Leading on from past research, indicated that women are more susceptible to lung cancer than men, a new study has discovered that female smokers suffered from chronic heart diseases at a younger age than men.
This was despite the fact that they had smoked for a significantly less number of years.
One of those involved in the findings was Dr. Inga-Cecilie Soerheim from the Channing Laboratory which is part of the Brigham and Young Women’s Hospital.
Using a previous Norwegian study of over nine hundred and fifty, ex and current smokers, all who had chronic obstructive pulmonary disease. This is a term used to describe the different diseases experienced by smokers.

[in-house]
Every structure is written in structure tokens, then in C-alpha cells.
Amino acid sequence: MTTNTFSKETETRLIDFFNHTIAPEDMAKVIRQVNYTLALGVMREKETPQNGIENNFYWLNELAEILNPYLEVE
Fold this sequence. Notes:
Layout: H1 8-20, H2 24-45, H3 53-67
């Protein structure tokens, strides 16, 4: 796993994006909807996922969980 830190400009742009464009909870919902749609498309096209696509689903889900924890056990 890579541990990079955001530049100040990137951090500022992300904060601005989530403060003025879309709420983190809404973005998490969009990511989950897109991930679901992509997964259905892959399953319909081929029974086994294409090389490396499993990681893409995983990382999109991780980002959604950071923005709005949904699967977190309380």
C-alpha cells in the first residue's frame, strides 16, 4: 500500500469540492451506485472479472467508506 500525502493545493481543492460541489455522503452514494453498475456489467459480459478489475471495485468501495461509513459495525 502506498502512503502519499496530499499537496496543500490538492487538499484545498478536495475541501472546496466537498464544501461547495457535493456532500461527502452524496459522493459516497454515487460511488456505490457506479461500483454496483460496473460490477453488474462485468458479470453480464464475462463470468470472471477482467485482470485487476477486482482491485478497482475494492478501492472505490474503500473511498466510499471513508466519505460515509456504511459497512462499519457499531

Presenting the results at a meeting of American Thoracic Society, Soerheim explained that people wrongly believe that by only smoking a few cigarettes per day their risk is only slight. However the data from the study proves that for women, in particular, this is simply not the case at all.
The reasons for the difference, between the sexes in terms of cigarette smoking is, as yet, unknown. It could be genetic, hormonal, or a mixture of the two. There will obviously have to be more research carried out to determine that.
Dr. Kathy Albain, who has been studying the differences in lung cancer for the two genders for many years, is an oncologist at Loyola University in their Health system.
It may be as straightforward as the fact that women have smaller lungs than men. Or the female hormones, especially estrogen, may be the culprit.